When 16 and Pregnant debuted on MTV in the summer of 2009, I had no desire to watch it (I had assumed, wrongly, that it was some kind of Pro-Life propaganda show). When the follow up series, Teen Mom, premiered last winter, I was more intrigued, but figured it was too late to jump on board. I only agreed to watch Season 2 of Teen Mom because my husband was so passionate about it. He even rewatched the Season 2 premiere with me, pausing the DVR every few minutes to fill me in on each mother’s backstory. Yes, he’s a good husband.
After just one episode I was hooked. In fact, more so that any other reality TV show, the cast of Teen Mom has wormed its way into my everyday existence. When, for example, I am cajoling my 4-year-old into eating dinner while hand feeding the 8-month-old and also intermittently washing the dinner dishes so that I can get them both into the bathtub before the 8-month-old has a meltdown and Can’t-you-please-just-finish-your-dinner-now-Maisy!, I stop and think “If this scenario is driving me, a 34-year-old woman, crazy, how must it be for a 17-year-old girl?” Or, when I read about one of the Teen Moms in US Weekly (they’ve been all over the covers of the tabs the last few weeks), I find myself excitedly relating the news to my husband, as if I’m telling him about a close friend: “Did you hear? Farrah’s dating Pauly D from Jersey Shore!” or “I’m so disappointed that Amber and Gary are still together. They really need to break up.”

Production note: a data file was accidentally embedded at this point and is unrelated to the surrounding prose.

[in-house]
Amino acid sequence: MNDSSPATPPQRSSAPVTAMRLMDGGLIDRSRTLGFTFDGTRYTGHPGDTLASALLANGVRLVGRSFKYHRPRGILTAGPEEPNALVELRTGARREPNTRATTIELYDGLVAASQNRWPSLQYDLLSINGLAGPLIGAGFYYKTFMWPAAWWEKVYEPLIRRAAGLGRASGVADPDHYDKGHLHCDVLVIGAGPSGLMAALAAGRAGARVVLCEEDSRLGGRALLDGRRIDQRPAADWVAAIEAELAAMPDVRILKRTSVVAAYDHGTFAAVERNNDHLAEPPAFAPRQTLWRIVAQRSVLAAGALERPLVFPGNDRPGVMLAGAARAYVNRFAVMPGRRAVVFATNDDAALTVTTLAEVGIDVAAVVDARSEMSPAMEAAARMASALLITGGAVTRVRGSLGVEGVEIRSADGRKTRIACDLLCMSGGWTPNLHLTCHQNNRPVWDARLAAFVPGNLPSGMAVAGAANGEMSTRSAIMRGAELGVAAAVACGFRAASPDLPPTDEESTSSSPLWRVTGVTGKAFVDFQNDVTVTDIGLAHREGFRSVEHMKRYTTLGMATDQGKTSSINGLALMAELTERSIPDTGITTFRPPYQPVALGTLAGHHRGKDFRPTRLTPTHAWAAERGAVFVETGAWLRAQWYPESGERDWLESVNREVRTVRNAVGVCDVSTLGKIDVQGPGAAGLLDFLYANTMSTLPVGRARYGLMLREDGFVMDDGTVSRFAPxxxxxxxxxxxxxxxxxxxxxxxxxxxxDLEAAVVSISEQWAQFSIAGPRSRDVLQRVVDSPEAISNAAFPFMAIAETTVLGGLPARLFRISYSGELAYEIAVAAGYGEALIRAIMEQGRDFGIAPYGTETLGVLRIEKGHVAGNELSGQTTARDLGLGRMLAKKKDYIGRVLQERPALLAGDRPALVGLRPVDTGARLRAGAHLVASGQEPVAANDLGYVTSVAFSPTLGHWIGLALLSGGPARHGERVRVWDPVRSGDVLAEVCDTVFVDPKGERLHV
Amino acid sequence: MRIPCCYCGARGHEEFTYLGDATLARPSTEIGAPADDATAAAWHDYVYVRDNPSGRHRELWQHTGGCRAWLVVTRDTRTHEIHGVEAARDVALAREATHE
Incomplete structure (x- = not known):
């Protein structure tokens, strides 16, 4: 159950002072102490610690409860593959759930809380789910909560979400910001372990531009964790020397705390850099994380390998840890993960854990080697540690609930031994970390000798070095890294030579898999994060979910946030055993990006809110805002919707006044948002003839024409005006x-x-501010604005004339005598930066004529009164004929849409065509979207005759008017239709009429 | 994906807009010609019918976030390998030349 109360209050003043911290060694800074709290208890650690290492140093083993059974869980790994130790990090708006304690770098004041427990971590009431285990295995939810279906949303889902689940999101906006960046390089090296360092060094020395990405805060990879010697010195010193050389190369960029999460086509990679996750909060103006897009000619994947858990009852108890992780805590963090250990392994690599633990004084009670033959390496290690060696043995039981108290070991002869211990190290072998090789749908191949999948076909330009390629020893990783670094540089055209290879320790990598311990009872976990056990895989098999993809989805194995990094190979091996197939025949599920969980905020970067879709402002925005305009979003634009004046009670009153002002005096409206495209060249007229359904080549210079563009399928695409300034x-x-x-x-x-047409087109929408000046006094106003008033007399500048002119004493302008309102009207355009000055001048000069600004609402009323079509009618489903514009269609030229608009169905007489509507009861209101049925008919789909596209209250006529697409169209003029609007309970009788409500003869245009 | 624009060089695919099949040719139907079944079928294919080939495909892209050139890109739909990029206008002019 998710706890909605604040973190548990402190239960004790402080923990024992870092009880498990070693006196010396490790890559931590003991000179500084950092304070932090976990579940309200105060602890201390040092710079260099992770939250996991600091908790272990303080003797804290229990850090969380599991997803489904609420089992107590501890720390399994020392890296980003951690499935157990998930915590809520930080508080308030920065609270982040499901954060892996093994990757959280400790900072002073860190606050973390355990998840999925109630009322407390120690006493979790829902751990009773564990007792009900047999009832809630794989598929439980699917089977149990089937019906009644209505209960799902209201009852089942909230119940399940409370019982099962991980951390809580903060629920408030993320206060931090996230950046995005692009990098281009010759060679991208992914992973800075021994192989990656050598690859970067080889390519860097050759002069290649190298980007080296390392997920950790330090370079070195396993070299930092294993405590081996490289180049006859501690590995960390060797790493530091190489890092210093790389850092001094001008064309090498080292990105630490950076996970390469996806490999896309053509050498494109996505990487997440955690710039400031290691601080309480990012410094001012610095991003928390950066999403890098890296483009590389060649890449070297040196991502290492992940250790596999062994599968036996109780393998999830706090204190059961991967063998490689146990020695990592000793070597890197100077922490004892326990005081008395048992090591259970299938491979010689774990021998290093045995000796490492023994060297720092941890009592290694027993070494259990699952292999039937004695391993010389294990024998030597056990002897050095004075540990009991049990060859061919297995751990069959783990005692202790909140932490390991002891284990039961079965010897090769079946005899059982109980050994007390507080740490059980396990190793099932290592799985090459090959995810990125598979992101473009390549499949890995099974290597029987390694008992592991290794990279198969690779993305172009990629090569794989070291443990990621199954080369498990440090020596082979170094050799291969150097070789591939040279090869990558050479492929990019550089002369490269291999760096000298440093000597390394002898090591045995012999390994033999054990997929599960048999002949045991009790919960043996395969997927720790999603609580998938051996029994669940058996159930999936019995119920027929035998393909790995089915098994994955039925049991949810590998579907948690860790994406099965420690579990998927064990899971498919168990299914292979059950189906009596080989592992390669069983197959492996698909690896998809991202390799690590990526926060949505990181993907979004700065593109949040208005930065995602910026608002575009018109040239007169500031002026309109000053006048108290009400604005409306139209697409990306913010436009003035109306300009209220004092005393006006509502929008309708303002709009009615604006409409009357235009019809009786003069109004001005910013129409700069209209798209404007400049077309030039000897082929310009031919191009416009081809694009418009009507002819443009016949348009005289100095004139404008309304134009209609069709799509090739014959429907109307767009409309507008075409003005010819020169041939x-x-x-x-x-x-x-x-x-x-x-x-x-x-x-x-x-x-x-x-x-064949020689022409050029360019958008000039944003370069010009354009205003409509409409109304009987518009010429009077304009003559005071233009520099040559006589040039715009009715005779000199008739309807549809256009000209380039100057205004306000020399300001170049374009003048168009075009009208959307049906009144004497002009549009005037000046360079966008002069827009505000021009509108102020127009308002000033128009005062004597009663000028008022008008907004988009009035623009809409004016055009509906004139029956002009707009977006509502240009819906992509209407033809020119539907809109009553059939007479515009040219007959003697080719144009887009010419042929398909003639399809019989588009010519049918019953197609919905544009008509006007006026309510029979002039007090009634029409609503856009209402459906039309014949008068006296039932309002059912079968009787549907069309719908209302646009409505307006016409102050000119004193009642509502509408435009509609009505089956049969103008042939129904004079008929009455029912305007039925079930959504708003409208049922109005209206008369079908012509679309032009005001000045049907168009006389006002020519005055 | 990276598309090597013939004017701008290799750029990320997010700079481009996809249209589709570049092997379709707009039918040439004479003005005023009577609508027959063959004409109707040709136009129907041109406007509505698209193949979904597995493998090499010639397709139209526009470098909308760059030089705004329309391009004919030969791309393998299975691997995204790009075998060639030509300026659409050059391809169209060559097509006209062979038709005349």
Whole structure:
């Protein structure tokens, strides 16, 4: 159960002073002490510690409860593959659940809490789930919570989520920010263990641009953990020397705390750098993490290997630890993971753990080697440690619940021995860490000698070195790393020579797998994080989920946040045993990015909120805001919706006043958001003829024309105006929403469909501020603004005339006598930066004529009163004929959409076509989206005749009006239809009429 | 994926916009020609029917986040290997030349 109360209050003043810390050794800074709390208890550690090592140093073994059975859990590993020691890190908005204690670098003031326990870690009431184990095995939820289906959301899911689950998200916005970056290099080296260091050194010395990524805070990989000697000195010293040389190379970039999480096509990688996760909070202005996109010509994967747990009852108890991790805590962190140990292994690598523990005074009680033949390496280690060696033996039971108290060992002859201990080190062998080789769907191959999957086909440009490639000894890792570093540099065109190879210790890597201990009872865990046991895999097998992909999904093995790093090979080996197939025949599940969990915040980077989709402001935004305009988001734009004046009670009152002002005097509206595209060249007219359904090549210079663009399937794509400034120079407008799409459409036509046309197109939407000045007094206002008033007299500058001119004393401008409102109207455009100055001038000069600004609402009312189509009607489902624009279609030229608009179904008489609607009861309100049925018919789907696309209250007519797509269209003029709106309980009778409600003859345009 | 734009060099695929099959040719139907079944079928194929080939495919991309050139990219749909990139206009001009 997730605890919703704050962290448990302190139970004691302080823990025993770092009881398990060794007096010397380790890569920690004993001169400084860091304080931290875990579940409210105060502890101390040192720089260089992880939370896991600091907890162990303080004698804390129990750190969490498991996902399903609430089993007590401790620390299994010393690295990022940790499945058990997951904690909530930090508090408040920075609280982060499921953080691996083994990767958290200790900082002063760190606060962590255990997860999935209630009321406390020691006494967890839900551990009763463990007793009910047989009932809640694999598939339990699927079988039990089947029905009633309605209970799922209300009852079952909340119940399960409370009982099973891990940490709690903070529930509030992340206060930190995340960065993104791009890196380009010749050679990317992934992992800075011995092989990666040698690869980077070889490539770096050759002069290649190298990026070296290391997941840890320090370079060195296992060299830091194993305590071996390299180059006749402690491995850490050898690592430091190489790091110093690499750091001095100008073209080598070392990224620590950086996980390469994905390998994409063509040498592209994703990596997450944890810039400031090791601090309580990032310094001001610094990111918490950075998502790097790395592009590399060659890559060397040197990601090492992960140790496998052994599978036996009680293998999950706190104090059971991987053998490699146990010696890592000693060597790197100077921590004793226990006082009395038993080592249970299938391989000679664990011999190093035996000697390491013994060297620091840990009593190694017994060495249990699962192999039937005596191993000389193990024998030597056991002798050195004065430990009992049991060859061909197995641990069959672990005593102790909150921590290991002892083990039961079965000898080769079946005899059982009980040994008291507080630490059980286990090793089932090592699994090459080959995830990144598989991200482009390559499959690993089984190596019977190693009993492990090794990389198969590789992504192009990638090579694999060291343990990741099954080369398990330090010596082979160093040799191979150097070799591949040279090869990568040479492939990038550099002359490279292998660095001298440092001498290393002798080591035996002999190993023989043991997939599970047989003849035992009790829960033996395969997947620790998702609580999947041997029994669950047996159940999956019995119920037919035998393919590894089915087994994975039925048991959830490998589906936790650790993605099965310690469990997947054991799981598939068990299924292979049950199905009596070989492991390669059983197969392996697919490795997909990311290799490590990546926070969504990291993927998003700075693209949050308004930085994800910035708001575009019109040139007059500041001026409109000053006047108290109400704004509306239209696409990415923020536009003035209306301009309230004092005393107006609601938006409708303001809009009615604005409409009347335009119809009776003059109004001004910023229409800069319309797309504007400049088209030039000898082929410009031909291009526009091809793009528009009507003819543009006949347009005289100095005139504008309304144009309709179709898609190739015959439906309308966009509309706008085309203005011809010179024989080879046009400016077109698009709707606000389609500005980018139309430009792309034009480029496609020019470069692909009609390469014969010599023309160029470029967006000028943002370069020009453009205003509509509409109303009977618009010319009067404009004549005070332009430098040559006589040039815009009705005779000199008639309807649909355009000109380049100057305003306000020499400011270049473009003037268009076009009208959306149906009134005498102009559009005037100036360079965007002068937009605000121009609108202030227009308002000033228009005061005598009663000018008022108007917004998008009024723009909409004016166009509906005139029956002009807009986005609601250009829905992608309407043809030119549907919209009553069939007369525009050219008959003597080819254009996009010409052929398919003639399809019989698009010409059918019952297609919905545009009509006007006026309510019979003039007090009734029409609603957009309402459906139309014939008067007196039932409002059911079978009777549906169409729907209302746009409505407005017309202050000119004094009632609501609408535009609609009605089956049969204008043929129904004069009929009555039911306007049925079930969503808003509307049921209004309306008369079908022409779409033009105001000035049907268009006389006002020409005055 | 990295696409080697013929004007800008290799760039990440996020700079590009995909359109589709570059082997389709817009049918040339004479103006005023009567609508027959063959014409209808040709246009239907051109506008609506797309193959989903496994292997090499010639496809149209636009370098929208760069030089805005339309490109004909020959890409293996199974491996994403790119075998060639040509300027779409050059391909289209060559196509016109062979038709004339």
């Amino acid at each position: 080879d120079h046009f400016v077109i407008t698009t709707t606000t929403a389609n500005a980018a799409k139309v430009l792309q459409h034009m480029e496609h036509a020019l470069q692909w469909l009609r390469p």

My unnatural attachment to these young women is based on two divergent affects. On the one hand, I identify with the Teen Moms. Watching these girls encounter the various pitfalls inherent in being a first time parent reminds me of the first year of my daughter’s life, and how incredibly challenging and rewarding it was. For example, in one episode, Farrah takes her daughter, Sophia, to the car wash and realizes that she has forgotten to bring diapers. But she can’t drive back home, or to a store, because her car is being detailed. “I’m such a bad mother!” Farrah wails. With Sophia in dire need of a diaper change, Farrah fashions a makeshift diaper out of towels (for the record, if the entire event had not been recorded by MTV’s cameras, there is NO WAY that the owner of the car wash would have consented to giving Farrah his towels to use as diapers. Blech).